These ‘Taboo’ Things Can Be Beneficial To Your Relationship

It’s impossible to avoid getting influenced by messages about the dos and don’ts of relationships at all times in our lives. Some certain behaviors and choices are taboo and should be avoided at all costs to avoid destroying your relationship.

Although relationships aren’t one-size-fits-all, they can be tailored to fit your needs. Even if you and your partner sleep in different beds or take separate vacations, your relationship is not doomed.

Therapists shared which “taboo” relationship choices might be worth embracing when the circumstances are right.

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Separate Beds For Sleeping

Couples who sleep apart are stigmatized and deemed a “sleep divorce.” Outsiders assume there is trouble in paradise or their sexual life is nonexistent. Both of those scenarios may be true for some couples, but they are not the only reasons people sleep separately. This setup can lead to a healthier relationship if both partners are happy.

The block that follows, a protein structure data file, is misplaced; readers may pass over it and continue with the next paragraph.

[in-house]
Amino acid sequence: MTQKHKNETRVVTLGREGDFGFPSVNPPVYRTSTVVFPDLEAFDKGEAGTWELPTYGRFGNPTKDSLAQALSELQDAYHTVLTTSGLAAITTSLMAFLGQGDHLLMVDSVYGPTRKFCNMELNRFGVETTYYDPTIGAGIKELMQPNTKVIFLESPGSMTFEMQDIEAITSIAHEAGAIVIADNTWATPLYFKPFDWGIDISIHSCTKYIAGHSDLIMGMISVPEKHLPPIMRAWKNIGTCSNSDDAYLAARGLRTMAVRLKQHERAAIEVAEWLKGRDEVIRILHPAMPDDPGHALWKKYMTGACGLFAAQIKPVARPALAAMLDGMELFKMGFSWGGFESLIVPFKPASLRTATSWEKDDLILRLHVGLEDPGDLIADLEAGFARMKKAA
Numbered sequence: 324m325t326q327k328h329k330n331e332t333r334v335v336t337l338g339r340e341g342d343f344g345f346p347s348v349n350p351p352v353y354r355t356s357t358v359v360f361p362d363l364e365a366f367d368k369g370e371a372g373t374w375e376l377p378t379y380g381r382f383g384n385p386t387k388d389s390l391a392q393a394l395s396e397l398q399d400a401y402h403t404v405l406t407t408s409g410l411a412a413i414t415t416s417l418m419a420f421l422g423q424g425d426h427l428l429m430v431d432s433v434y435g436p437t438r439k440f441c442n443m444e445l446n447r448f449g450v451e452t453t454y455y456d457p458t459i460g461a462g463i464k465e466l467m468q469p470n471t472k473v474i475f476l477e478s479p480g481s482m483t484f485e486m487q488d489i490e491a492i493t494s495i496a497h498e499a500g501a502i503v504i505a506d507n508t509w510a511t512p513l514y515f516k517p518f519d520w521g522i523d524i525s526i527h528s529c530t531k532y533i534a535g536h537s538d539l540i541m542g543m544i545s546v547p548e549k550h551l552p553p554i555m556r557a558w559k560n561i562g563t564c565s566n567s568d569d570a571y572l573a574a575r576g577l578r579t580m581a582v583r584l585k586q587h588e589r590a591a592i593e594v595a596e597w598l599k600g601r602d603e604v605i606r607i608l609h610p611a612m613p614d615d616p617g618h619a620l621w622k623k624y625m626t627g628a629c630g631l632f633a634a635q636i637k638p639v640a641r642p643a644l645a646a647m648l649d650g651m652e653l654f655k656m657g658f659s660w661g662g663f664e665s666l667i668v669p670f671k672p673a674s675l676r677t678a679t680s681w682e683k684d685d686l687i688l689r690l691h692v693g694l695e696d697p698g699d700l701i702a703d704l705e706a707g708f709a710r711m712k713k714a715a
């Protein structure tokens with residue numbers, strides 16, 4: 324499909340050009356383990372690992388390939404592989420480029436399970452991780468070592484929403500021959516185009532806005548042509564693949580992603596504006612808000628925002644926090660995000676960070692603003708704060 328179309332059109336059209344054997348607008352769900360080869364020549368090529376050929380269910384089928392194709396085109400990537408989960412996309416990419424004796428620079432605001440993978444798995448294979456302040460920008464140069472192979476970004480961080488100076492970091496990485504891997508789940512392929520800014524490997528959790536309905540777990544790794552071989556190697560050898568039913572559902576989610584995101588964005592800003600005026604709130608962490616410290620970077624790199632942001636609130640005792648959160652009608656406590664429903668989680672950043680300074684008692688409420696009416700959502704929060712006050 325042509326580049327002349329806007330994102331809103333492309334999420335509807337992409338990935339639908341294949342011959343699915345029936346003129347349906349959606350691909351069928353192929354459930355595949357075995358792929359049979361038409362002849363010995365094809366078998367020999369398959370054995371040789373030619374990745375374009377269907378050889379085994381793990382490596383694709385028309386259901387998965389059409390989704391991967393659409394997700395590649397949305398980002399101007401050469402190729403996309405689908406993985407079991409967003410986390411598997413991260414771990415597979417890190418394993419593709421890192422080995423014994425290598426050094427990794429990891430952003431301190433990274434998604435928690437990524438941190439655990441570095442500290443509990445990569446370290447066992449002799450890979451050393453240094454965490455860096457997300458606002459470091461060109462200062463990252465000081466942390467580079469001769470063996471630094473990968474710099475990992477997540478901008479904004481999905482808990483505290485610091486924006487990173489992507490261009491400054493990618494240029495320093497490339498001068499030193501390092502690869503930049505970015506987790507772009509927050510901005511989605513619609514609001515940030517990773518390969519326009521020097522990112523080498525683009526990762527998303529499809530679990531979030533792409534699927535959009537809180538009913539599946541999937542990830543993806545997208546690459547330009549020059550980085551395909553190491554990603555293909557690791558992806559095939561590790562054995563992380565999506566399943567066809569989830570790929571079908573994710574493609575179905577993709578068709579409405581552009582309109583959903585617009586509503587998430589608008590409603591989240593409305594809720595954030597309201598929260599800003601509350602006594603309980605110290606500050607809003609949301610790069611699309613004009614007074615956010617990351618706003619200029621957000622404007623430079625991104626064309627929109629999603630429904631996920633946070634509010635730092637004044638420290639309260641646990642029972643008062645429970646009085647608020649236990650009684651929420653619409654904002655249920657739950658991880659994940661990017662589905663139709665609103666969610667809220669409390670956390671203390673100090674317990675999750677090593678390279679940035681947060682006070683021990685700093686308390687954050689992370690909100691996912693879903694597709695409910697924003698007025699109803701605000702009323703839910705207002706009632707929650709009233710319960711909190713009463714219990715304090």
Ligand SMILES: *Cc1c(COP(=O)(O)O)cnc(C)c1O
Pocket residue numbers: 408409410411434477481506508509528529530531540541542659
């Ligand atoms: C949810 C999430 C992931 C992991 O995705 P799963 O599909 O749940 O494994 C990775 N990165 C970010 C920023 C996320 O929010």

Reminiscing About Past Romances

Many couples do not discuss their love lives before they get together. Their current partner might be threatened by it or find it too uncomfortable. Therapist Nicole Saunders, the owner of Therapy Charlotte, said discussing relationships shouldn’t be taboo. The experiences in our past have shaped the person we are today.

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Engaging In Flirting With Others

Monogamous couples should be careful not to flirt in ways inconsistent with fidelity. Flirting with someone other than your current partner can indicate that you’re unfaithful or unhappy. Flirting with others, however, when done without the intent of infidelity, can ‘elevate’ your relationship.

Angrily Going To Bed

One of the oldest pieces of relationship advice is “Never go to bed angry.” If this works for you and your partner, then keep going. However, Saunders says resolving a conflict before bed is “unnecessary.” Working things out late when you’re tired and worked up can sometimes aggravate tension. A state of emotional flooding impairs essential skills like listening, processing information, and empathizing with your partner.